The Gene Pool: JTR's Colorful Family History

By Joanne Todd, 1994

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About a year ago, I became interested in researching my family history. As the "disease" has progressed, I have found myself wandering through old cemeteries, reading military histories and even wondering what it would like to become a Quaker! But I guess that is another story. On Saturday, May 21, 1994 I decided to drive north 100 miles from my home in Eugene to photograph the tombstones of my Great-Great Grandparents, John and Nancy (Glover) Ball. This was the final documentation that I still needed to apply for an Early Settler of Oregon certificate from the Oregon Genealogical Society.

John and Nancy had come to Oregon around 1880 to be near two of their children. I had recently found out they lived ten miles east of Portland in Sunnyside and were buried in Damascus Pioneer Cemetery. Their son, Emmons, is also buried there. I hadn't been able to identify who the other child was that was the early Oregonian, but had it narrowed down to two of their daughters, one of them being Emily Ball who married Marvin Hubbard while they were still living in Forest City, Iowa.

A rather eery vision greeted me as I approached Damascus on Hwy. 212. A huge sign on the side of the road announced that John Ball was running for Congress! I did a long double-take and kept on driving.

Soon I reached a turn-off that boasted that it was only 3 miles to Sunnyside and Happy Valley! Well, who can resist that! I turned left and headed up the road. A beautiful valley lay in front of me and it was not hard to imagine what it must have looked like 100 years ago before urban sprawl started to intrude on the landscape. Rolling green hills, heavily timbered, spring flowers and a beautiful view of snow-covered Mount Hood to the east.

As I drove through the area, I came upon another sign that was significant to further happenings that day. This sign said "Hubbard Road". Well, I wasn't born yesterday!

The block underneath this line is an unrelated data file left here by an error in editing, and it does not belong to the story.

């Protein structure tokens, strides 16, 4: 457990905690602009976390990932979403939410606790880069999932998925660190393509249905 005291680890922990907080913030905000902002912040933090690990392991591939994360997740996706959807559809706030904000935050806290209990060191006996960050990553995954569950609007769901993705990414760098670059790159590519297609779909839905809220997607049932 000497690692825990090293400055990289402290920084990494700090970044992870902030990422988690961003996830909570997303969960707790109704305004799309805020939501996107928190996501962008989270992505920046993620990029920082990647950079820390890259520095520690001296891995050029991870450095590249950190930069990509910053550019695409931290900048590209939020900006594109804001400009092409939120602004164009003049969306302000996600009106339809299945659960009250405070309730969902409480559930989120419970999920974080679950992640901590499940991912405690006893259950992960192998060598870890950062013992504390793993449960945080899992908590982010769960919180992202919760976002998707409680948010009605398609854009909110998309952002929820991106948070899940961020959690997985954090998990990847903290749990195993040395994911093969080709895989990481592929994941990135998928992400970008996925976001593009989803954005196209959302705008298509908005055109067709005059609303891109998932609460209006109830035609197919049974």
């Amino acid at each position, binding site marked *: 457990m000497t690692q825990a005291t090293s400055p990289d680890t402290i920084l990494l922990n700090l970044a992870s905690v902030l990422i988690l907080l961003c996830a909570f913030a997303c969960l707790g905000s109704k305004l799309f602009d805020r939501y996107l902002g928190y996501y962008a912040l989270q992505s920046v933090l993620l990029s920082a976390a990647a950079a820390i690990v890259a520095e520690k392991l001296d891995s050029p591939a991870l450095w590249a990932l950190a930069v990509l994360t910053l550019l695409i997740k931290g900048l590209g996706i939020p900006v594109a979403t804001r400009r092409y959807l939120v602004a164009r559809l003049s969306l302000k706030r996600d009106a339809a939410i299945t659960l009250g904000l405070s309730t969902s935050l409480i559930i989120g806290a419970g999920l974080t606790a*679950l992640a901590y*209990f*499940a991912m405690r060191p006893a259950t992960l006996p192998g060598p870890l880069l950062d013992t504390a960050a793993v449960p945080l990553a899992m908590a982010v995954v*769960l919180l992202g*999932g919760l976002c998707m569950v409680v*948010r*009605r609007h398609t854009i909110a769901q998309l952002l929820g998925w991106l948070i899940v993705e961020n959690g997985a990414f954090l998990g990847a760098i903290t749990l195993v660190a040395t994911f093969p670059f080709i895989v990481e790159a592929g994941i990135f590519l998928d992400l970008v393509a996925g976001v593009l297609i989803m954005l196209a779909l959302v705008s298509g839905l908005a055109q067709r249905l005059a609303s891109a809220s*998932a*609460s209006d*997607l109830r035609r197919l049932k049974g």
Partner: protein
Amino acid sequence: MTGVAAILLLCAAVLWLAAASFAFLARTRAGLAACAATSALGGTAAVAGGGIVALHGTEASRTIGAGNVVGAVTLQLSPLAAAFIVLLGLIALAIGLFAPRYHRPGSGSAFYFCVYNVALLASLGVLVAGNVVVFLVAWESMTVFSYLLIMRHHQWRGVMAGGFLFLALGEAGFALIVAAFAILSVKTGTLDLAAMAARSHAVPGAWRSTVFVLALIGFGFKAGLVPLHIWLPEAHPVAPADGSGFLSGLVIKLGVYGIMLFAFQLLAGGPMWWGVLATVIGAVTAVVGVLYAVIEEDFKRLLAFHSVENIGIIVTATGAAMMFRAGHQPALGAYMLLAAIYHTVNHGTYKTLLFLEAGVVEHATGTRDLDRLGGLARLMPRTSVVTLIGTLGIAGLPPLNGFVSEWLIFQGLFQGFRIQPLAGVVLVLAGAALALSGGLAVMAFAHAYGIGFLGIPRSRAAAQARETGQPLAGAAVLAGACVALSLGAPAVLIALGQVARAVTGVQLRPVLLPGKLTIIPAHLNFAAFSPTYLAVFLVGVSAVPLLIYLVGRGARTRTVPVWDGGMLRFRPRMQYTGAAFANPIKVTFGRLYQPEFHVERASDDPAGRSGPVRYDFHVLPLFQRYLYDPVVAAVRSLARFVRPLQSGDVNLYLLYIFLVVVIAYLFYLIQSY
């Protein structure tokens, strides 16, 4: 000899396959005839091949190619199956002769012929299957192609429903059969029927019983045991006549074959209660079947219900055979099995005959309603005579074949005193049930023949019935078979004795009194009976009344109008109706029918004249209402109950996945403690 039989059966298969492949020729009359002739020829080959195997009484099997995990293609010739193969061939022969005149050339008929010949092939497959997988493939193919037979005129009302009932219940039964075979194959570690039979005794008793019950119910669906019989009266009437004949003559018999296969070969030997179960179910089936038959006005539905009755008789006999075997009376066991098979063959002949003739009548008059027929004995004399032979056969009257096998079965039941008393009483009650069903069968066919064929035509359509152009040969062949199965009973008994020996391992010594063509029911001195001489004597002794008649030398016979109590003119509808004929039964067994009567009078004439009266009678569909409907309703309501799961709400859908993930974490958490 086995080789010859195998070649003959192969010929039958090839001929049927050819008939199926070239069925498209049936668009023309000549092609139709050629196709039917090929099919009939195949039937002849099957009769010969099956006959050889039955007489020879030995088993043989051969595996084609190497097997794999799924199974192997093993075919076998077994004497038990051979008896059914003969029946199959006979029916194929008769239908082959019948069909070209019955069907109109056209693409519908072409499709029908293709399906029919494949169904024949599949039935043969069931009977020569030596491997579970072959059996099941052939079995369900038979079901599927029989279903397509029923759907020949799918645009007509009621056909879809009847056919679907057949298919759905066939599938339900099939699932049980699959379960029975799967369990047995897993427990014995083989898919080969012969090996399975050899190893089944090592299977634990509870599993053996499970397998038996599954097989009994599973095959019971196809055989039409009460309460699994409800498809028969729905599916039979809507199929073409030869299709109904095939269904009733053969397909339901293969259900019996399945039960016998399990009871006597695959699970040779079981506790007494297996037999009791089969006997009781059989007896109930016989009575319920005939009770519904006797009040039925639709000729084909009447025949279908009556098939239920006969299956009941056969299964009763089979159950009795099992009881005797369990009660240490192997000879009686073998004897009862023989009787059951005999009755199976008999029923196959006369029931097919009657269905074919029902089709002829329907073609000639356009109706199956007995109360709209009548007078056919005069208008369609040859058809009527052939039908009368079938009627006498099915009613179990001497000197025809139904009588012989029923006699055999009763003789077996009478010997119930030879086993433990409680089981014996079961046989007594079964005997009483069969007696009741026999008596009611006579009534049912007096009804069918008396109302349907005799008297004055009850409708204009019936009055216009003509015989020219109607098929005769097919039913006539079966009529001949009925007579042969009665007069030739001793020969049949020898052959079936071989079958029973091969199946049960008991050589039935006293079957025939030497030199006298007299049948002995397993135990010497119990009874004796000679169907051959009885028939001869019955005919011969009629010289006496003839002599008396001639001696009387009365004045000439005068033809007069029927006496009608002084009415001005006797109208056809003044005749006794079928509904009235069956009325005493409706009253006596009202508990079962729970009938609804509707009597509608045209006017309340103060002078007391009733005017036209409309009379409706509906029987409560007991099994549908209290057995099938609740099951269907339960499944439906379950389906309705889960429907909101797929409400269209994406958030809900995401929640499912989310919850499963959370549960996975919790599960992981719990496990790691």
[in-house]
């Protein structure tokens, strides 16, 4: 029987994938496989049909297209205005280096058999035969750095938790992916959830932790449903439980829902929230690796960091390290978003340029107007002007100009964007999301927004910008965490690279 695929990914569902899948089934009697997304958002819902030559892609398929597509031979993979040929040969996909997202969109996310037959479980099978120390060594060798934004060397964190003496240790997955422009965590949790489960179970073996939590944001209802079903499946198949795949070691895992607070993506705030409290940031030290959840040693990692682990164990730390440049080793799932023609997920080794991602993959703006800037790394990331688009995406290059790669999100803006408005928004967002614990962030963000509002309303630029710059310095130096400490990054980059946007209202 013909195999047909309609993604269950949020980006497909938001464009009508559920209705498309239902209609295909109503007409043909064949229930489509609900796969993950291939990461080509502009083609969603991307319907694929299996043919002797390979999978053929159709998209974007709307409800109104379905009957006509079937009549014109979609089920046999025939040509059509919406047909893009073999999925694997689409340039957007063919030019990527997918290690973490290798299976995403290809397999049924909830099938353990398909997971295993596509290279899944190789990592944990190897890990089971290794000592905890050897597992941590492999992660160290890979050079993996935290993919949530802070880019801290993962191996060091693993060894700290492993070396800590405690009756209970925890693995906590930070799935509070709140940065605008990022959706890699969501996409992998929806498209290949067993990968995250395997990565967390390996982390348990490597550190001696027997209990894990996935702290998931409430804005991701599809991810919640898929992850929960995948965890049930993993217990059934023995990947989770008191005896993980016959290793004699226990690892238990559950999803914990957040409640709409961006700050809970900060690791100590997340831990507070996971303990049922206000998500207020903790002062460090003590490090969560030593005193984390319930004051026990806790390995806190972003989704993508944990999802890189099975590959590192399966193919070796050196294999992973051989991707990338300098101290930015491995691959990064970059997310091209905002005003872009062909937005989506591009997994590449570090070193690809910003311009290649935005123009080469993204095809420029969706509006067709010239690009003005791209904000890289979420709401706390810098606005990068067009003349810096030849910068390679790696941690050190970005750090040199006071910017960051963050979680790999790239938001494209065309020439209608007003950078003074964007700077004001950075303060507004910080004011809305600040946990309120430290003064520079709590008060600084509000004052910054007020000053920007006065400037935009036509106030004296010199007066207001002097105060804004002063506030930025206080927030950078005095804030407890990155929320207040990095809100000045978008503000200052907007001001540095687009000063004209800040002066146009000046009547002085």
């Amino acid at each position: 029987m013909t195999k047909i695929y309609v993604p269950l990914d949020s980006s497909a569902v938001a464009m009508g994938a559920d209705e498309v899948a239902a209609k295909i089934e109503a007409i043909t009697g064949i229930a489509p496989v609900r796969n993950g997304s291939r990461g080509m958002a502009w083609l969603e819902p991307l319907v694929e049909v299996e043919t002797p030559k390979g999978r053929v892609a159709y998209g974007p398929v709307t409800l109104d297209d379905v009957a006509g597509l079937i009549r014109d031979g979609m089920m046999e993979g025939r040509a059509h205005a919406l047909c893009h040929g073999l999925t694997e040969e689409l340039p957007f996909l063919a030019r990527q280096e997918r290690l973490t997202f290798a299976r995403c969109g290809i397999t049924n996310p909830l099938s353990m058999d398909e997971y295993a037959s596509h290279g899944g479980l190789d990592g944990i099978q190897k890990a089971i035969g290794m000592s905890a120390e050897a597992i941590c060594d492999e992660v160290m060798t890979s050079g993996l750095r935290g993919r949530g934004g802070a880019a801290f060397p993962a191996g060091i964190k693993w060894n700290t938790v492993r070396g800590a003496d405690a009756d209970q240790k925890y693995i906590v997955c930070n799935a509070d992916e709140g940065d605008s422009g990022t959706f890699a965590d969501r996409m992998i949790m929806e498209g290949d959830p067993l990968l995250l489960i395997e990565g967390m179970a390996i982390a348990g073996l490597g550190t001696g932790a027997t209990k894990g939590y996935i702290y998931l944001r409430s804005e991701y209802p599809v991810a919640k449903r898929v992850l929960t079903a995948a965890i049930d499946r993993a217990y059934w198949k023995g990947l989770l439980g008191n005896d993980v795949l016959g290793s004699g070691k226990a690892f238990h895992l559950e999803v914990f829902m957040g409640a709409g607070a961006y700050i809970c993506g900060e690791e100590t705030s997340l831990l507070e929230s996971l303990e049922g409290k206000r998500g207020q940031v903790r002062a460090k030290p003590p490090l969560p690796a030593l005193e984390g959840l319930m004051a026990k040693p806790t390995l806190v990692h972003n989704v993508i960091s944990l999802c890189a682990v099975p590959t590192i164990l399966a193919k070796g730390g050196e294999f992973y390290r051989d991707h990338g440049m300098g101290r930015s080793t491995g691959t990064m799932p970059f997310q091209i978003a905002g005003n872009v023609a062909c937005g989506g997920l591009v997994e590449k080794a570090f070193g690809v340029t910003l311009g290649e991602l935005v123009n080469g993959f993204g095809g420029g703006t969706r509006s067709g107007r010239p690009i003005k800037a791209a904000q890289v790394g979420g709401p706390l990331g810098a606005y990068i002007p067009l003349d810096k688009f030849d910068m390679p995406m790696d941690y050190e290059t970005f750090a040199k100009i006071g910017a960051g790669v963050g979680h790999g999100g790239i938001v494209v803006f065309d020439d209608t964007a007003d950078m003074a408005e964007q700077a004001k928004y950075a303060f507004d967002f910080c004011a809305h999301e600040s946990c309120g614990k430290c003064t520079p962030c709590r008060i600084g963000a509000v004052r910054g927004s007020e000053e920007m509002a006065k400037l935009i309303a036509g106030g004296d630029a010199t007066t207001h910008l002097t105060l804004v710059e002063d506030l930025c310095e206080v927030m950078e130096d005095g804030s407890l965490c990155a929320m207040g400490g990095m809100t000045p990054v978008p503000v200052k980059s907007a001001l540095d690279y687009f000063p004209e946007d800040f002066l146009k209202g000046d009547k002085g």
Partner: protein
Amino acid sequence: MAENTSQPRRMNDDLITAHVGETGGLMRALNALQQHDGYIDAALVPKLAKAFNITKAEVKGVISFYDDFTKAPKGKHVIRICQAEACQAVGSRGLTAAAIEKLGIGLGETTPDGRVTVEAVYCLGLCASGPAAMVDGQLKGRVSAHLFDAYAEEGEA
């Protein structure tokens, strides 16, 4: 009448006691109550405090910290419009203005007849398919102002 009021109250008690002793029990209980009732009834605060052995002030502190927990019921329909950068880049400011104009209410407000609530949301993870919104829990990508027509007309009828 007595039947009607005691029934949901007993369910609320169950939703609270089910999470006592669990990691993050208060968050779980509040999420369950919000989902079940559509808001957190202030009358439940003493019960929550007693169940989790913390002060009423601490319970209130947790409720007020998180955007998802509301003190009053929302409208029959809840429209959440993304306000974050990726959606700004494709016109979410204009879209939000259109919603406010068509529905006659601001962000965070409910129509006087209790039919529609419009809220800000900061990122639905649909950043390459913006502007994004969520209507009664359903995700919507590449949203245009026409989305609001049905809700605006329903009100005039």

The Damascus of 1994 is still a small, almost-rural farming community. I decided to head for the small library that I had noticed in the local grocery store. I thought there might be some books on local history or area maps that might help me in my search for the Hubbards and Balls. The librarian that day was a woman named Patty. She works at the library only once a month. It was a lucky thing for me she was on duty! When I started asking her questions about Hubbard Road, her eyes lit up and she announced that she used to have a neighbor who was a Hubbard, maybe there was a connection. I got out the family tree to show her how I thought the Hubbards and Balls might be related. She picked up the phone and gave her ex-neighbor, Cheryl Hubbard Hunker, a call and explained the situation. As Patty went through the list of names I could tell that I had located someone who might help me clear up the mystery of John and Nancy Ball!

Cheryl said that her dad, Vernon, would be able to answer many of my questions. In fact, today of all days, most of her family was up at the Sunnyside Pioneer Cemetery doing their pre-Memorial Day clean-up. Within ten minutes I was meeting a whole new branch of my family tree!

All-in-all it was quite an inspirational day. I am more determined than ever to discover if the family stories are true about being related to George Washington (through his mother Mary Ball) and Col. John Glover (who crossed the Delaware with Washington in the American Revolution). And is it true that our branch of the Ball family is the one that has representatives on the Mayflower? Cheryl's Aunt Iva, a genealogist in her own right, was able to add quite a bit of information to my knowledge of the family history. The Hubbard family has, for the most part, lived near one another in Sunnyside for many generations. The original settlers raised apples and owned many acres of land. Our time together was much too short. I look forward to attending the annual Hubbard family picnic this August!

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